Philosophy of Science 40 (3):329-359 (1973)

Authors
John Earman
University of Pittsburgh
Abstract
A four dimensional approach to Newtonian physics is used to distinguish between a number of different structures for Newtonian space-time and a number of different formulations of Newtonian gravitational theory. This in turn makes possible an in-depth study of the meaning and status of Newton's Law of Inertia and a detailed comparison of the Newtonian and Einsteinian versions of the Law of Inertia and the Newtonian and Einsteinian treatments of gravitational forces. Various claims about the status of Newton's Law of Inertia are critically examined including these: the Law of Inertia is not an empirical law but a definition; it is not a law simpliciter but a family of schemata; it is a convention and gravitational forces exist only by convention; it is (or is not) redundant; the concepts it embodies can be dispensed with in favor of operationally defined entities; it is unique for a given theory. More generally, the paper demonstrates the importance of space-time structure for the philosophy of space and time and provides support for a realist interpretation of space-time theories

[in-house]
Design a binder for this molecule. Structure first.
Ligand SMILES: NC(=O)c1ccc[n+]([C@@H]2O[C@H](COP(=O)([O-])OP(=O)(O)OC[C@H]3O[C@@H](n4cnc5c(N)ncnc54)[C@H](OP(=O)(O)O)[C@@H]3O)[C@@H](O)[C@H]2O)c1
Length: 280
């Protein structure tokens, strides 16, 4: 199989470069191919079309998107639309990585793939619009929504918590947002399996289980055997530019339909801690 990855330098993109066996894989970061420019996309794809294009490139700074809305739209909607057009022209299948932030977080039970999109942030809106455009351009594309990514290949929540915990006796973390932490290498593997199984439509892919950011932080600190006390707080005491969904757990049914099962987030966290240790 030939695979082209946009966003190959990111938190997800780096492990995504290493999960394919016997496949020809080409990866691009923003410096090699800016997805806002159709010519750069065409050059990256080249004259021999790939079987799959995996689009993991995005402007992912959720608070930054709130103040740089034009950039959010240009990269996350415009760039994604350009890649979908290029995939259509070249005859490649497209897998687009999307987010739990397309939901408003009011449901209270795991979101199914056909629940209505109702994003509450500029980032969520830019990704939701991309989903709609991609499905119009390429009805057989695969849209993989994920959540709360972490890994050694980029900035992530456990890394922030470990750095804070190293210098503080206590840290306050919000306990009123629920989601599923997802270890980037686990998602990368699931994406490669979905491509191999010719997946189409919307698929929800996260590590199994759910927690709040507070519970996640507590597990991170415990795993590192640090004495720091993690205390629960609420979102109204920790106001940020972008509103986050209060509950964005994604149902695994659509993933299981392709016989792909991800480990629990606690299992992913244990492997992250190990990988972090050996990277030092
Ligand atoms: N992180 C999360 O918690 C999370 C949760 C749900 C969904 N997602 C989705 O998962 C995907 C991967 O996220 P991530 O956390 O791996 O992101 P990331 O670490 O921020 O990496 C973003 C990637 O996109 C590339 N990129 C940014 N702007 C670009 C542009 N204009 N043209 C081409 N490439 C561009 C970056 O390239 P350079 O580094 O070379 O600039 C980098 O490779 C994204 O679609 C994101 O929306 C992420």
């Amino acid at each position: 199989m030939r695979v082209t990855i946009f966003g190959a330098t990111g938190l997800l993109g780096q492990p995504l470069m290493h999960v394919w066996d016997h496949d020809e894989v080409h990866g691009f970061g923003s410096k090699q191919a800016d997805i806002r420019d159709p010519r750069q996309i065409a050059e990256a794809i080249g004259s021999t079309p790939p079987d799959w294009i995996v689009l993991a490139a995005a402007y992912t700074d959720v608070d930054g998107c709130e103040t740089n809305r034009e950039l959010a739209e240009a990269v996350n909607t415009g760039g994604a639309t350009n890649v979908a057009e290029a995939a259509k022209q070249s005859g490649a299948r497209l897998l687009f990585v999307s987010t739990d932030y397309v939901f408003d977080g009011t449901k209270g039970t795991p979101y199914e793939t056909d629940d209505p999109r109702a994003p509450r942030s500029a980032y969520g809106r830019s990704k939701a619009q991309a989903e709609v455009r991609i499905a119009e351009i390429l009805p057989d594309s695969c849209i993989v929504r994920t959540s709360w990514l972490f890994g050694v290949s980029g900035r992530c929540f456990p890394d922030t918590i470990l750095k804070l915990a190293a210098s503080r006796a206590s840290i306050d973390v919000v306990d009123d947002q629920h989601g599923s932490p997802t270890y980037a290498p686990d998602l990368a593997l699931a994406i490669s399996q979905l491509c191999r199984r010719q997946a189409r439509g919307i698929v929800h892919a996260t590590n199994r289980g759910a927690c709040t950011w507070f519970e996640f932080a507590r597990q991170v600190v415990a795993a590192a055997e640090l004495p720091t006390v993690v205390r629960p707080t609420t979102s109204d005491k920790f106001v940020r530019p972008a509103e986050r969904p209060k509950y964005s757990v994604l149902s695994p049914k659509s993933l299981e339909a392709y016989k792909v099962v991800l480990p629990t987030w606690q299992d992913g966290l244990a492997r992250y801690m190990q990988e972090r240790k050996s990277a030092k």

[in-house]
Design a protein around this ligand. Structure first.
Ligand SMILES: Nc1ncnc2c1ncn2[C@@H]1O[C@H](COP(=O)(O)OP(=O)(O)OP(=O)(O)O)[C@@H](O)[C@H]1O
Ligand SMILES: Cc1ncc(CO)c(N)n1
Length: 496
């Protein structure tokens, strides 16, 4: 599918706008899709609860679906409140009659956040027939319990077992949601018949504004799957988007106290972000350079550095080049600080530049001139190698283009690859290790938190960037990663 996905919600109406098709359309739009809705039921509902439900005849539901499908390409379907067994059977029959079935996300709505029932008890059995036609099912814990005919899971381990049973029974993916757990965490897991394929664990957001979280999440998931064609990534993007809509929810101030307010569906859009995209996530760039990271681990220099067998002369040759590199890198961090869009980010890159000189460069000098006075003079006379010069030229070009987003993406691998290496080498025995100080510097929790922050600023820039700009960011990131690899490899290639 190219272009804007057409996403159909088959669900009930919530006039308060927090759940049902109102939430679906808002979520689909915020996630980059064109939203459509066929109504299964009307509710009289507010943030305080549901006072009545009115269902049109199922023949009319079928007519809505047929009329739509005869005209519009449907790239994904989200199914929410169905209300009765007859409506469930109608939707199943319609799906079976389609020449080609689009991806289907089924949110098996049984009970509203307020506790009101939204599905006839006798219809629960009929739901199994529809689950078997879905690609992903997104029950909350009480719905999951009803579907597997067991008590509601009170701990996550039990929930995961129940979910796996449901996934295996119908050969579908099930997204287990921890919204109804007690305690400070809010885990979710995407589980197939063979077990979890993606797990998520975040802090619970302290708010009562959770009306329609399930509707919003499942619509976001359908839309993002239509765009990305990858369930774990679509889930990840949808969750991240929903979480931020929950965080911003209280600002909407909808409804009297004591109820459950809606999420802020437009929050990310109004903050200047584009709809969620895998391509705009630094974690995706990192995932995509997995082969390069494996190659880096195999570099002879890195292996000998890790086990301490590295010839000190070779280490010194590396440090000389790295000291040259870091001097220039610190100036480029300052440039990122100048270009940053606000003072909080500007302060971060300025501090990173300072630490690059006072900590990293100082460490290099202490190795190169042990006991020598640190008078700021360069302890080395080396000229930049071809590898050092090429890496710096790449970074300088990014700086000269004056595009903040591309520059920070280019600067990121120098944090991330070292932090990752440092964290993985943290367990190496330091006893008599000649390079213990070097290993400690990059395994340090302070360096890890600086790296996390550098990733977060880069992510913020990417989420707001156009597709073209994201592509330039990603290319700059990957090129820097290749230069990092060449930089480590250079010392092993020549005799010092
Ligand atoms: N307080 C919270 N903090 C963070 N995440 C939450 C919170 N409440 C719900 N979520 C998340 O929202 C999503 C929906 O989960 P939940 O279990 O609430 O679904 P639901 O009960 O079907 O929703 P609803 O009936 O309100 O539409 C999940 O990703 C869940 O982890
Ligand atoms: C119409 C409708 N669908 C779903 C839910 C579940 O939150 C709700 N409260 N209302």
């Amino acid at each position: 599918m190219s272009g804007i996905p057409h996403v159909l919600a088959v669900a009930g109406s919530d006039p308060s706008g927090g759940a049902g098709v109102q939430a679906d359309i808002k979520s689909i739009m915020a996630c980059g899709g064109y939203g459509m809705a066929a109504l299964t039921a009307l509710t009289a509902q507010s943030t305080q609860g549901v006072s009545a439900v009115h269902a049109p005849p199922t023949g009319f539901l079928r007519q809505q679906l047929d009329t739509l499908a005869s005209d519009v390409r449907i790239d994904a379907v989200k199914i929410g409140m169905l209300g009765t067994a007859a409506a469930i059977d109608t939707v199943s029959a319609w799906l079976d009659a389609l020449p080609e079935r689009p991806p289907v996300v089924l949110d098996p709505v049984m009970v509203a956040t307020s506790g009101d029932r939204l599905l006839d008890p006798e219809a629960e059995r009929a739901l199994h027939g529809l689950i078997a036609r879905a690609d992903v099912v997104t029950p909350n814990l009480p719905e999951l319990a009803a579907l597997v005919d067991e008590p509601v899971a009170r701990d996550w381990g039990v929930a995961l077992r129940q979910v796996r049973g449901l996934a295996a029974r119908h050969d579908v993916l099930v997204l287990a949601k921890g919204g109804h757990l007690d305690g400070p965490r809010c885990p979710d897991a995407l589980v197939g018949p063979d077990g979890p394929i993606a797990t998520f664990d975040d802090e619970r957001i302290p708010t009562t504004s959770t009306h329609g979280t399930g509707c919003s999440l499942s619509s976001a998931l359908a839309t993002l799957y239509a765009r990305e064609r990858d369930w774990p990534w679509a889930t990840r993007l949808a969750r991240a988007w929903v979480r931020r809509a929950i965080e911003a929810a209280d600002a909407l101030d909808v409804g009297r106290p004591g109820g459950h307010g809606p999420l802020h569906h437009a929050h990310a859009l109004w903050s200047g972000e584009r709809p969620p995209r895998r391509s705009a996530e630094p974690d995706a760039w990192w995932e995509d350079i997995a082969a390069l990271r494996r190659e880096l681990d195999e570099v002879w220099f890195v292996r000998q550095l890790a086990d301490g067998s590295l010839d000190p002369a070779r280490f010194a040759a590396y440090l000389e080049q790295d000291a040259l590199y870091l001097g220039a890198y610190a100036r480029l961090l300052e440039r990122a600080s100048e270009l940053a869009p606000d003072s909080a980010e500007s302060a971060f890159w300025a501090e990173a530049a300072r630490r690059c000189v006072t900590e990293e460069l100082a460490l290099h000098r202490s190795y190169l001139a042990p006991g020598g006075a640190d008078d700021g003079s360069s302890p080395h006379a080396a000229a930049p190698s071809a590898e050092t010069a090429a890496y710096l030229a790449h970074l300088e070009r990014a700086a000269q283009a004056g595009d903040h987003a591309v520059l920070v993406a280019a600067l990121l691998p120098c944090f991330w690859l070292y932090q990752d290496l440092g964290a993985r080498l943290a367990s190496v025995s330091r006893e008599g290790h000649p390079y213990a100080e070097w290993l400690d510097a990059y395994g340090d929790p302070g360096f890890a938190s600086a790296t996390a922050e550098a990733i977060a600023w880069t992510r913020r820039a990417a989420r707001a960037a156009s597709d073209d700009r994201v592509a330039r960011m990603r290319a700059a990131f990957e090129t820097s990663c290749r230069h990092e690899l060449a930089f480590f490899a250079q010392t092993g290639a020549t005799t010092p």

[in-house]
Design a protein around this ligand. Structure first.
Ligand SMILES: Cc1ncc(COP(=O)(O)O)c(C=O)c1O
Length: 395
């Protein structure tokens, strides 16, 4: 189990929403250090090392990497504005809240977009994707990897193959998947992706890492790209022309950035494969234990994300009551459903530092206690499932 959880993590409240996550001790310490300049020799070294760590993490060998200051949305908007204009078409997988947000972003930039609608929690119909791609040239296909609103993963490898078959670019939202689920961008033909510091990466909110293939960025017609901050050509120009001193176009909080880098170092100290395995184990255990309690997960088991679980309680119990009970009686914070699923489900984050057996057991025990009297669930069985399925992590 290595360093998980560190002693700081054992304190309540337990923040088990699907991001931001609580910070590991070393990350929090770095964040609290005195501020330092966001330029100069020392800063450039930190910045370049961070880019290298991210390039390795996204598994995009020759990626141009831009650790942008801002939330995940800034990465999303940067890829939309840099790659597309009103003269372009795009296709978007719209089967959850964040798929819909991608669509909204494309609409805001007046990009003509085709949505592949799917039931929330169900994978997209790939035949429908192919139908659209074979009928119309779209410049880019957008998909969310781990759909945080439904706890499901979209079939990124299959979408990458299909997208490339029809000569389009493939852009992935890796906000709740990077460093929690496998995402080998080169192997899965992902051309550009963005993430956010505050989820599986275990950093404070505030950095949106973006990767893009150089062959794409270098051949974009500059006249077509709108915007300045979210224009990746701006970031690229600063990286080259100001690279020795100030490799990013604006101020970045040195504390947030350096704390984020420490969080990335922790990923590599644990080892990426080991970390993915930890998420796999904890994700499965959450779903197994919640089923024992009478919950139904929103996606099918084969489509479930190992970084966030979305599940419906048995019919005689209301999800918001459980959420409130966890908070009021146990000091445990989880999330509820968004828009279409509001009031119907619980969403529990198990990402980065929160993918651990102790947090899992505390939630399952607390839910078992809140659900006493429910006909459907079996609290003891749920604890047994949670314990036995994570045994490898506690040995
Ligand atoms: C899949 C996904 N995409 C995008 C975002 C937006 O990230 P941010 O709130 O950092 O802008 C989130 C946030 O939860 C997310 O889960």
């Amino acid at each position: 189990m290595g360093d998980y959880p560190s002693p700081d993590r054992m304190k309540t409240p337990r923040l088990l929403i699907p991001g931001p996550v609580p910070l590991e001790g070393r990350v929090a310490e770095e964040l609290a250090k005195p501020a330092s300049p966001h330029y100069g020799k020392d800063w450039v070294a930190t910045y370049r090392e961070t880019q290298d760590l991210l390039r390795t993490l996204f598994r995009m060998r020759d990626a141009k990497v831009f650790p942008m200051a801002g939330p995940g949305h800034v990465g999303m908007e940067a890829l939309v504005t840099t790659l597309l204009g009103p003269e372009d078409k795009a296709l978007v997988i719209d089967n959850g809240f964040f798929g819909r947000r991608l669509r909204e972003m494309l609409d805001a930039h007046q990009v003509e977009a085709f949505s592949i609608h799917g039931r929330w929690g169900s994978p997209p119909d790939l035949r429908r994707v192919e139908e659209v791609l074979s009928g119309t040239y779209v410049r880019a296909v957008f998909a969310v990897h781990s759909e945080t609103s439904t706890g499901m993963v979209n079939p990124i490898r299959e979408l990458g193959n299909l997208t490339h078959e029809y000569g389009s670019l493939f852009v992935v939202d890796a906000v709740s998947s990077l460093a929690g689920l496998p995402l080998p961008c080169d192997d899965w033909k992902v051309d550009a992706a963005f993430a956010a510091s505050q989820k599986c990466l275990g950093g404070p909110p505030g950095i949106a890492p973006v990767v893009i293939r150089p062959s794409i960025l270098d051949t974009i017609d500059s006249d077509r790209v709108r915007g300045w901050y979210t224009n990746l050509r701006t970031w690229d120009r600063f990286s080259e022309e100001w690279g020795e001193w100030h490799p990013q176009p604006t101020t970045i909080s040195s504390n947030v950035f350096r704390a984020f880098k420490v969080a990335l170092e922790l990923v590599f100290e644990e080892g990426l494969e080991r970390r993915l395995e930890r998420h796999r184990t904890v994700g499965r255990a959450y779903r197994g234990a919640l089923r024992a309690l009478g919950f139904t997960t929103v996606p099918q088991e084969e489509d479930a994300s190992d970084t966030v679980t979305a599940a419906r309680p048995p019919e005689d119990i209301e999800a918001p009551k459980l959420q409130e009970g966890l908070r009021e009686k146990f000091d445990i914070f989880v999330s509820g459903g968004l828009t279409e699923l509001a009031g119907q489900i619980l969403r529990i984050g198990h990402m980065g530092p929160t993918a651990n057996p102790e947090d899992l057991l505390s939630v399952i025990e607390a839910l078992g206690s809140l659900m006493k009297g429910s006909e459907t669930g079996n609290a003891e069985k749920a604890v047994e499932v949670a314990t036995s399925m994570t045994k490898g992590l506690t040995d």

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DOI 10.1086/288536
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Fundamental and Emergent Geometry in Newtonian Physics.David Wallace - 2020 - British Journal for the Philosophy of Science 71 (1):1-32.
Inertial Motion, Explanation, and the Foundations of Classical Spacetime Theories.James Owen Weatherall - 2017 - In Dennis Lehmkuhl, Gregor Schiemann & Erhard Scholz (eds.), Towards a Theory of Spacetime Theories. Boston, USA: Birkhauser. pp. 13-42.
On the Status of the Geodesic Principle in Newtonian and Relativistic Physics.James Owen Weatherall - 2011 - Studies in History and Philosophy of Science Part A 42 (4):276-281.
Conservation, Inertia, and Spacetime Geometry.James Owen Weatherall - 2017 - Studies in History and Philosophy of Science Part B: Studies in History and Philosophy of Modern Physics 67:144-159.
Newton–Cartan Theory and Teleparallel Gravity: The Force of a Formulation.Eleanor Knox - 2011 - Studies in History and Philosophy of Science Part B: Studies in History and Philosophy of Modern Physics 42 (4):264-275.

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